Sex dimorphism in isoproterenol-induced cardiac damage associated neuroinflammation and behavior in old rats

Kata Tóth, Tamás Oroszi, Eddy A. van der Zee, Csaba Nyakas, Regien G. Schoemaker*

*Corresponding author for this work

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Acute cardiac damage can be induced by isoproterenol injections in animals. The associated inflammatory response could be reflected in the brain as neuroinflammation, with potential consequences for brain function and behavior. Although cardiac responses are reported age and sex-related, for neuroinflammation and brain function this is virtually unknown. Therefore, cardiac damage and its consequences for neuroinflammation, brain function and behavior were compared in aged male and female rats. Wistar rats of 24 months of age were treated with isoproterenol (ISO, twice s.c.) or saline. Four weeks after injections, exploratory behavior and short-term memory were tested. Then, rats were sacrificed. Hearts were collected to measure cardiac damage. Brain tissue was collected to obtain measures of neuroinflammation and brain function. In male-, but not in female rats, ISO induced significant cardiac damage. Accordingly, mortality was higher in males than in females. Baseline hippocampal microglia activity was lower in females, while ISO induced neuroinflammation in both sexes, Hippocampal brain-derived neurotrophic factor expression appeared lower in females, without effects of ISO. In the open field test, ISO-treated males, but not females, displayed anxiety-like behavior. No effects of ISO were observed on short-term memory in either sex. In conclusion, sex dimorphism in effects of ISO was observed for cardiac damage and open field behavior. However, these effects could not be related to differences in hippocampal neuroinflammation or neuronal function.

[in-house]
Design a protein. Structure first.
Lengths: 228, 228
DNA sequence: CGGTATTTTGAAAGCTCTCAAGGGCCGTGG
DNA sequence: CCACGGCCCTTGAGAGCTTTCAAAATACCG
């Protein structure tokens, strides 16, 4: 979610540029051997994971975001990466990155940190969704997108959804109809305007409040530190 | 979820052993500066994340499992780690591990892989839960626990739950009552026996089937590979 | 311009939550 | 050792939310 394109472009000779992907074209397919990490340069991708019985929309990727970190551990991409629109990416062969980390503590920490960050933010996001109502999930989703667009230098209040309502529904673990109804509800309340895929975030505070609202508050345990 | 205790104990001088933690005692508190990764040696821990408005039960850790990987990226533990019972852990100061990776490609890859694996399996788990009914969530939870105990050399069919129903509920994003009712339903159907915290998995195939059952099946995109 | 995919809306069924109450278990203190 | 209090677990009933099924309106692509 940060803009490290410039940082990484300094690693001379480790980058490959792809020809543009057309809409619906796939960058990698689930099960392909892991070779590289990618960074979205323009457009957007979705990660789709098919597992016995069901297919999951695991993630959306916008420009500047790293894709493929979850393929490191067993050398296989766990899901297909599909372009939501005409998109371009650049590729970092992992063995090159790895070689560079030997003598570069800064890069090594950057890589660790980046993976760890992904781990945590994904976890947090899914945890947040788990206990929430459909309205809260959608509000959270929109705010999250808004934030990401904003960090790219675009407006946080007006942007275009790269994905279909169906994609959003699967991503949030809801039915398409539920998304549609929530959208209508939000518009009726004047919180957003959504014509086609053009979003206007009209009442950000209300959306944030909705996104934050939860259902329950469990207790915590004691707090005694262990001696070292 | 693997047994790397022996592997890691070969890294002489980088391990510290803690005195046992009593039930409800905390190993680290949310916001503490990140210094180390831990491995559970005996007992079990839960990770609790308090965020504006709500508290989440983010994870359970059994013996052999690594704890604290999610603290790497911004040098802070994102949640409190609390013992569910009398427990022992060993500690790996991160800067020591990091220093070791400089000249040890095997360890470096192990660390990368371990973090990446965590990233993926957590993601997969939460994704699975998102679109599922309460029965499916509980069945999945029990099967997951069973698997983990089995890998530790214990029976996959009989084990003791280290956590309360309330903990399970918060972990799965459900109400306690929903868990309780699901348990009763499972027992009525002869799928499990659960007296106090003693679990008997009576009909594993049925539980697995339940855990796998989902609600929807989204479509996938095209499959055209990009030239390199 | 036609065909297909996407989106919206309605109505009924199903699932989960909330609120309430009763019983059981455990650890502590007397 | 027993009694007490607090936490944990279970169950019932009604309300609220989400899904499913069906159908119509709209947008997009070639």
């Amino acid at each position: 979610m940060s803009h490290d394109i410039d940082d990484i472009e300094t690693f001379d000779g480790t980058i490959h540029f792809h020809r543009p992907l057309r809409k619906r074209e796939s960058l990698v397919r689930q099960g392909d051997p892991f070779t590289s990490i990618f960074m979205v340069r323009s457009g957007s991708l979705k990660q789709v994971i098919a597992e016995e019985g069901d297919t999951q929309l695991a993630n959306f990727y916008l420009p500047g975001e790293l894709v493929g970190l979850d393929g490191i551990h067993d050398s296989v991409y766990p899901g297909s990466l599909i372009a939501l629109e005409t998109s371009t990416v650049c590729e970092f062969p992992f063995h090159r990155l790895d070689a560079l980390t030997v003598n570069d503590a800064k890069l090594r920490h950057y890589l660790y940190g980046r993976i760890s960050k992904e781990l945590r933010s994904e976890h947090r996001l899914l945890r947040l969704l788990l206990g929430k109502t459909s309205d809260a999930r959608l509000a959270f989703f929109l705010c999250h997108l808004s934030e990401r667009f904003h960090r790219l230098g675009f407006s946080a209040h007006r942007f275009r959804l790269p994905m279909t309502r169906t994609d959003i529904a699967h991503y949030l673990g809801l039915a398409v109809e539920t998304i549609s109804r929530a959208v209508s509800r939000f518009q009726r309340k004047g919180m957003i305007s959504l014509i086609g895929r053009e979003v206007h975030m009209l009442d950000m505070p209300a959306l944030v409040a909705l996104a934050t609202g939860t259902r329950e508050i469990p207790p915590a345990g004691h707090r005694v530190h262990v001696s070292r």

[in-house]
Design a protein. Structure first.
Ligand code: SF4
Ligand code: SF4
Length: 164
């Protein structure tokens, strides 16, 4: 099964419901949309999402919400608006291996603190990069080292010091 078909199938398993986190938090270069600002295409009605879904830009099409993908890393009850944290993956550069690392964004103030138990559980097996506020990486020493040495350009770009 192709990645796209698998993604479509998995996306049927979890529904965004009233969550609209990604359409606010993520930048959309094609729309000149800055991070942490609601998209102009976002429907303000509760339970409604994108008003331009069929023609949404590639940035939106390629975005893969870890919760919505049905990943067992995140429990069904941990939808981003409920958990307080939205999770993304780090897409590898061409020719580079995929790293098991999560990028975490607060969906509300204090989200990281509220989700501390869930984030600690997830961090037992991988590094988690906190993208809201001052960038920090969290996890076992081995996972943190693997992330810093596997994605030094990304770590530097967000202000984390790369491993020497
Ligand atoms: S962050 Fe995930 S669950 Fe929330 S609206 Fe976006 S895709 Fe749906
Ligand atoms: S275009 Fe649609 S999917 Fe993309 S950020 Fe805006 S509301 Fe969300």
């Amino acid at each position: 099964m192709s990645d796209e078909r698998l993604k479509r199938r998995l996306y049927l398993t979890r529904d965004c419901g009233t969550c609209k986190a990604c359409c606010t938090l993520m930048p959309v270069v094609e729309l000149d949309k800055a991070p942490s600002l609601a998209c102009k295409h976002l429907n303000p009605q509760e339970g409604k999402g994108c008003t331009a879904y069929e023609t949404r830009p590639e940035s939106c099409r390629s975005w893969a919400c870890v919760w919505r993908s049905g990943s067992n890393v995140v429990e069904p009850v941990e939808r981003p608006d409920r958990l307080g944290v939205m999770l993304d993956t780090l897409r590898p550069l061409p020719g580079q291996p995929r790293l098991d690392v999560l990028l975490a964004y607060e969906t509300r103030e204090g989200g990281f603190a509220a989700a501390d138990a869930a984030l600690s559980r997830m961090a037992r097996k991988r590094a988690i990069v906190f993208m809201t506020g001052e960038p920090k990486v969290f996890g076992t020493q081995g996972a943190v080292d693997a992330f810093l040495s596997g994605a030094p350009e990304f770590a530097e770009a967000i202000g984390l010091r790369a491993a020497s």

Original languageEnglish
Article number854811
Number of pages11
JournalFrontiers in Aging Neuroscience
Publication statusPublished - 22-Jul-2022


  • advanced age
  • brain derived neurotrophic factor
  • cardiac damage
  • isoproterenol
  • neuroinflammation
  • open field exploration
  • sex dimorphism
  • short-term memory

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